18 Students Developing an Understanding of Academic Integrity: Upon entering school, students will be supported in developing an understanding that the products they submit as evidence of learning must be their own work. Cheating and plagiarism will not be tolerated. It is the responsibility of educators to be proactive in teaching academic honesty and mitigating the opportunity for dishonesty. Parent s and members of the larger community can assist students in developing a personal commitment to ethical behaviour. Academic Honesty

19 Teachers and Principals have the following responsibilities: To communicate and reinforce expectations of academic honesty with students. Aspects of academic honesty include not cheating (e.g., copying others work, using cheat notes), lying (e.g., misrepresenting contributions to group work, lying about circumstances to obtain extensions), and plagiarizing (submitting or representing someone elses work as ones own). In responding to academic dishonesty teachers will, in consultation with school administration: Address the situation with the student. Use the situation as a learning opportunity. Involve parents. Document the incident. Require student to demonstrate learning in an honest fashion. Apply consequences in accordance with the Code of Conduct as is appropriate. Consider the nature of the assignment, the age and maturity of the student, the individual circumstances of the student, and the potential impact of the consequence on subsequent learning and motivation. Academic Honesty

20 In Kindergarten to Grade 8, Promotion Decisions Rest With the Principal, Who Consults With Teachers, Parents, and Other Specialists as Is Appropriate: The decision is based on the evidence of the students progress and growth, and considers the Grade level placement that would support and extend the students learning. When considering retaining or placing a student the principal will involve the Student Services Coordinator in discussions. Students being considered for retention or placement will be referred to the School Psychologist. When retaining or placing a student, an Individual Education Plan will be developed and implemented for the following academic year. Promotion Placement Retention

21 In Grades 9 to 12, the Final Decision as to Whether or Not Credits Are Granted Rests With the Principal, Who Consults With Teachers, Parents, and Other Specialists as Is Appropriate: If the necessary evidence of learning to be granted a credit in a course has not been gathered, then the student may be assigned a failing grade or be assigned a grade of IN (incomplete). If an IN is assigned, a documented plan will be put into place at the school level to assist the student in providing the outstanding evidence of learning in order to receive the credit within a reasonable, agreed-upon timeframe. Promotion Placement Retention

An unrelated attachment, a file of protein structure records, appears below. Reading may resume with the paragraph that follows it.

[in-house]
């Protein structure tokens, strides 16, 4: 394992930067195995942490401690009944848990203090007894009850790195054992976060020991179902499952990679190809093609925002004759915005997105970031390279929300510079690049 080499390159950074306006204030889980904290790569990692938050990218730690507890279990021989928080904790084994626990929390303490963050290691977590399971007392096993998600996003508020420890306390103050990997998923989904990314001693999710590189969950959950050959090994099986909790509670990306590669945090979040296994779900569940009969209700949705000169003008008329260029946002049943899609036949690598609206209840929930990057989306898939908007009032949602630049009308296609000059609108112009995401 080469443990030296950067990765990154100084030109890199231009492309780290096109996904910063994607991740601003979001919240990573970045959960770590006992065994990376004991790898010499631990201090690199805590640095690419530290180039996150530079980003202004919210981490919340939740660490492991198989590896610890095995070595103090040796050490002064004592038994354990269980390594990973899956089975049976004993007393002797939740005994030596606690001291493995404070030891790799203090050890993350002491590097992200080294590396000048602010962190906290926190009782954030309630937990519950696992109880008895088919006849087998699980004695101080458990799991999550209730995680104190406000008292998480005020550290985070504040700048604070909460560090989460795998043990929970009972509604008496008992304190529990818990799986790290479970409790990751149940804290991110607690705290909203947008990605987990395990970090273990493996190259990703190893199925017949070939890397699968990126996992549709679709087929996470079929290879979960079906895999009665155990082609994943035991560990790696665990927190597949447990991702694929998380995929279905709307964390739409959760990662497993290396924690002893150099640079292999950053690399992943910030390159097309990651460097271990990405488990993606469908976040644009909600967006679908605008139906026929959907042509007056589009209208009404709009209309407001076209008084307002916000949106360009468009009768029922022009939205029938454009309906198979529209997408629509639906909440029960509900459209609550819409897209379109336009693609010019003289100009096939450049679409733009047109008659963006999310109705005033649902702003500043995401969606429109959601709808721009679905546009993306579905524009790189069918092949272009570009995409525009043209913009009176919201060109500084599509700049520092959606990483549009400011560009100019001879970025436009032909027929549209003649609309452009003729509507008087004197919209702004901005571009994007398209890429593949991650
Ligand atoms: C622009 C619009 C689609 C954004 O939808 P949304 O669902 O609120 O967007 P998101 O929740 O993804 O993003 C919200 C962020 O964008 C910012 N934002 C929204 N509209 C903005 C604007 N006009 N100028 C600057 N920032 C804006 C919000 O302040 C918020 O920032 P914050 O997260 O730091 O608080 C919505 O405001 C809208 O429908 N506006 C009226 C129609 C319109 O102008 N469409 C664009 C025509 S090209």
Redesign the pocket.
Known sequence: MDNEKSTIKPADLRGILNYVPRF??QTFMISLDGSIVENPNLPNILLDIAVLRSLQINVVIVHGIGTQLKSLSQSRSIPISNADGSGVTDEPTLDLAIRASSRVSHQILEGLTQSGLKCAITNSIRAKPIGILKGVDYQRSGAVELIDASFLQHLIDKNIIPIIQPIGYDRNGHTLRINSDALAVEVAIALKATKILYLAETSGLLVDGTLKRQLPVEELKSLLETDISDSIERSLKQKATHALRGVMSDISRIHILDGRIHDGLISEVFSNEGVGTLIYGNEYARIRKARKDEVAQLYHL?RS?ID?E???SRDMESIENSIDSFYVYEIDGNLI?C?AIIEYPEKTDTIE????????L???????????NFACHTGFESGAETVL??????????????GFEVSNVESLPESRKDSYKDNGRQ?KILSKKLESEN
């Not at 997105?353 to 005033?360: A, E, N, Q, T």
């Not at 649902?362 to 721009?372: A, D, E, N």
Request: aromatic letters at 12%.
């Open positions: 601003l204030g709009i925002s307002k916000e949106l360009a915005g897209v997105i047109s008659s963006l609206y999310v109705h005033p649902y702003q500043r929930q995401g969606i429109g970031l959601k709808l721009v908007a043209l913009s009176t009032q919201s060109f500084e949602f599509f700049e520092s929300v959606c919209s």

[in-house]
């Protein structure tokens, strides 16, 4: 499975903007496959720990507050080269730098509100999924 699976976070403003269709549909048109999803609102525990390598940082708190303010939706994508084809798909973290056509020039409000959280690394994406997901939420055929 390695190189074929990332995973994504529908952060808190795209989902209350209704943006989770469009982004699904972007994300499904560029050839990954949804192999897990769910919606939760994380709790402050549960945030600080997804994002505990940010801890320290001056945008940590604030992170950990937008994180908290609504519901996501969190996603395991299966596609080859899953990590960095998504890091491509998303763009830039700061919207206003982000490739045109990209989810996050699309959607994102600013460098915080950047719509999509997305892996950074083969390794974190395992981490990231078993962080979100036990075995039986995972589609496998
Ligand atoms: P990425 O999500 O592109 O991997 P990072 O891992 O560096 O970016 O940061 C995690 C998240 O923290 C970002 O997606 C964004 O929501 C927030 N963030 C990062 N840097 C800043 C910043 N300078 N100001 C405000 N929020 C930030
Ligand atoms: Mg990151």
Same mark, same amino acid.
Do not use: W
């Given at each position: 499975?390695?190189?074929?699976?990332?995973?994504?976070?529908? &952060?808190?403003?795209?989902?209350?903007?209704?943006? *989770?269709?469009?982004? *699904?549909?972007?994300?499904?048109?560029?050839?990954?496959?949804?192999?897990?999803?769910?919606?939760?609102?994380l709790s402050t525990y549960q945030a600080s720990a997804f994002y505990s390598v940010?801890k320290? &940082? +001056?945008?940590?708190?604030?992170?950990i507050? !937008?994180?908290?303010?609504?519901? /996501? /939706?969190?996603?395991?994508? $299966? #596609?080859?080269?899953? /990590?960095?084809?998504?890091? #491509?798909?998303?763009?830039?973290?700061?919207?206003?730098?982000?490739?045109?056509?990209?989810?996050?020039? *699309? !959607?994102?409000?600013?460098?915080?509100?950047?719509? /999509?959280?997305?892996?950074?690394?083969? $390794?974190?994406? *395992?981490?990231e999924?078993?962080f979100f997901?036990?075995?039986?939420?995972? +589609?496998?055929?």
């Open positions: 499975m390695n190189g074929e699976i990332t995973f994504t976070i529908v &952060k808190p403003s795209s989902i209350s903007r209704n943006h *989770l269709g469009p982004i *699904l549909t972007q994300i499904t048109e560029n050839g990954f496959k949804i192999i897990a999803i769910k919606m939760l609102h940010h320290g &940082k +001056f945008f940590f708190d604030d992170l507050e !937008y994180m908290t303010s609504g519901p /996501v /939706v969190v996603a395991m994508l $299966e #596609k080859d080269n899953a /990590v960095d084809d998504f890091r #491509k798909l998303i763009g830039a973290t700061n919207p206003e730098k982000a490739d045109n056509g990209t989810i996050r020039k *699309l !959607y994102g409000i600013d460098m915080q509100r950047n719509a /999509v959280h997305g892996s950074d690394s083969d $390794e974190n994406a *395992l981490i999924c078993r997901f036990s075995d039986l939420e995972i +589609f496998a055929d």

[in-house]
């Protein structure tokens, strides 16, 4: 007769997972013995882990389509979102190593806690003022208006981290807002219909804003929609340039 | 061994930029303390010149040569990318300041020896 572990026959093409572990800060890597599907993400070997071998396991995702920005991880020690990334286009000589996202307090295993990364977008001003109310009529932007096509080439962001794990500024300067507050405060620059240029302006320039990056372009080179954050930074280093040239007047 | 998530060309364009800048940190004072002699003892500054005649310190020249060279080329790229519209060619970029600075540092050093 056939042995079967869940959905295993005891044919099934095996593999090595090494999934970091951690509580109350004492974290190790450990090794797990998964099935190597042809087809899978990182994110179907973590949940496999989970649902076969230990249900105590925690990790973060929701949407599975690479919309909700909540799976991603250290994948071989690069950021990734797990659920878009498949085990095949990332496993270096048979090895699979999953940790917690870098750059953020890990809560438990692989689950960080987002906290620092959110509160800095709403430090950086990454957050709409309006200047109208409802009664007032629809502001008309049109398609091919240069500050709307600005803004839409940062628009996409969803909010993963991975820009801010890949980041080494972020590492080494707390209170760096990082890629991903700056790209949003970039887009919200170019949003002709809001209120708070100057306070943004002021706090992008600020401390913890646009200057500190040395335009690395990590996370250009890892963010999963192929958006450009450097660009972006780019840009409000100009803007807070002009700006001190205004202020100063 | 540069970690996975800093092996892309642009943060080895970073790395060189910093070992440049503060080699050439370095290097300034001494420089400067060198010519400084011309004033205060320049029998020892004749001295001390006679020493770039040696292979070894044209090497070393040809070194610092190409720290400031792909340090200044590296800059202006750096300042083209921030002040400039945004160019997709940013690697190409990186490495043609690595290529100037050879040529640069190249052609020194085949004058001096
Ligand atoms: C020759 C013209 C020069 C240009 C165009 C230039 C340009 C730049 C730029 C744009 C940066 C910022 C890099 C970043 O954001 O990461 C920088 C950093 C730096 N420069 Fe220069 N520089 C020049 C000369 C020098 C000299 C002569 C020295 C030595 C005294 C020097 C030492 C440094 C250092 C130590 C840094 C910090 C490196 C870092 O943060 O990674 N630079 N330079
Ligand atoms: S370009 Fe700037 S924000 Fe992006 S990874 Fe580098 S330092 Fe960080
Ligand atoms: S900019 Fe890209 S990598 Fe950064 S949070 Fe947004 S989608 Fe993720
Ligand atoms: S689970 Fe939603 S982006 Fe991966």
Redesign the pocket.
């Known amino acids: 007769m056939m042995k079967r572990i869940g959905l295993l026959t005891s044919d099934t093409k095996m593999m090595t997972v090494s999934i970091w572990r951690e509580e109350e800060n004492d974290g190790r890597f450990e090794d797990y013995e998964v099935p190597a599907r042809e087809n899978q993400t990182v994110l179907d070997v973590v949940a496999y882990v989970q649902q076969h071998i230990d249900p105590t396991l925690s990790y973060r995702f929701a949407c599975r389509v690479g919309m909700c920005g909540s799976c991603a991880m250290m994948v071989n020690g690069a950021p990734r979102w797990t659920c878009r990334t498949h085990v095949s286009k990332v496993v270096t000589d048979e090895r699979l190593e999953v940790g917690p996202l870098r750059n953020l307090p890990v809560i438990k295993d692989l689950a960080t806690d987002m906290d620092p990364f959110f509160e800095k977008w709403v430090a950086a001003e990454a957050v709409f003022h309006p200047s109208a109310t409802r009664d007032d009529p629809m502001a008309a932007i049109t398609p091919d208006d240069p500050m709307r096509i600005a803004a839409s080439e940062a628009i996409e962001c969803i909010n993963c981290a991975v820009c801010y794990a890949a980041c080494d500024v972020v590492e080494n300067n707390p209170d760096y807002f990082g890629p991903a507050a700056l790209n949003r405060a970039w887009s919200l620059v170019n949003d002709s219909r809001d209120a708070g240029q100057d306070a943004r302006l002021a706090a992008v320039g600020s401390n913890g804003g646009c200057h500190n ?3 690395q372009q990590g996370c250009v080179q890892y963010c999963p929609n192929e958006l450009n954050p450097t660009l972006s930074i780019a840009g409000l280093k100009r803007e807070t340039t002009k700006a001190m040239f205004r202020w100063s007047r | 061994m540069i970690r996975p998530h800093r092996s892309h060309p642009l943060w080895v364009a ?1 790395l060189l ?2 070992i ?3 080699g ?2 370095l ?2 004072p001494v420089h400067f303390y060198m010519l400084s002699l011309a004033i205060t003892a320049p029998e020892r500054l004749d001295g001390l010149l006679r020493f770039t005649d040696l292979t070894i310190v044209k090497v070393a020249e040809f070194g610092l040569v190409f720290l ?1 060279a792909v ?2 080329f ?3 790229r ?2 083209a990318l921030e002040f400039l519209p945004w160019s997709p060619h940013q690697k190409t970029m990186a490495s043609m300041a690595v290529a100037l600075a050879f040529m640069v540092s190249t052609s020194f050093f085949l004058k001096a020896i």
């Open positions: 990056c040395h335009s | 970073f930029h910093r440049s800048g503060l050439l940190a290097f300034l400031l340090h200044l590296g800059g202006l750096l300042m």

22 Ongoing Communication Between and Among Participations Is Necessary : At the beginning of a course of study, teachers, in cooperation with school administration, have a responsibility to share with students and families, o all Swan Valley School Division Policies addressing assessment, o the essential learning outcomes addressed within a given Grade level or course of study, and o the assessment criteria required for demonstrating mastery of these outcomes. Ongoing collaboration with students to clarify essential learning outcomes and the nature of the products and performances is expected. Responsibility for ensuring that teachers communicate this information with students and their families rests with the school principal. Communication

23 Communication Methods: Principals in collaboration with teachers will choose a variety of methods for communicating this information including but not limited to; School and classroom websites, Course outlines, Student handbooks, Newsletters and other print material, Parent and School Community information sessions, Parent/teacher conversations, Student led conferences, and Student performances. Communication

24 Process for Resolving Conflicts: Where a conflict arises related to a students progress, achievement, and retention/placement promotion the following protocol will be followed. Conflicts are to be addressed within reasonable timelines. Generally when decisions regarding a final grade are in question, one week following receipt of the grade is considered to be reasonable. Students, if age appropriate, and parents/guardians will arrange to meet with the teacher in an attempt to gain understanding and resolve the issue. Should this meeting not result in an acceptable resolution, the matter will be referred to the Principal who will arrange to meet with the parties involved. The Principal will chair this meeting and attempt to find workable solutions to outstanding issues. If at this meeting no resolution is achieved, the matter will be referred to the Superintendent who will arrange to meet will all parties involved, again in an attempt to find an acceptable resolution to the matter. A written record of discussions hosted, decisions, resolutions and/or outstanding issues will be provided to all participants. Should the matter remain unresolved, parents/guardians may choose to take the issue forward to the Board of Trustees through written request. Conflict Resolution

25 Every Student Every Day: Student Success

26 A Profound Sense of Accomplishment: Student Success

27 Claimed for Success: Student Success Thanks for joining us this evening and for supporting our children and youth as they live and learn within the Swan Valley School Division.

Download ppt "Assessment of Learning, Academic Responsibility, Honesty, and Promotion/Placement/ Retention, Kindergarten to Grade 12 Swan Valley School Division Assessment."

Similar presentations

Ads by Google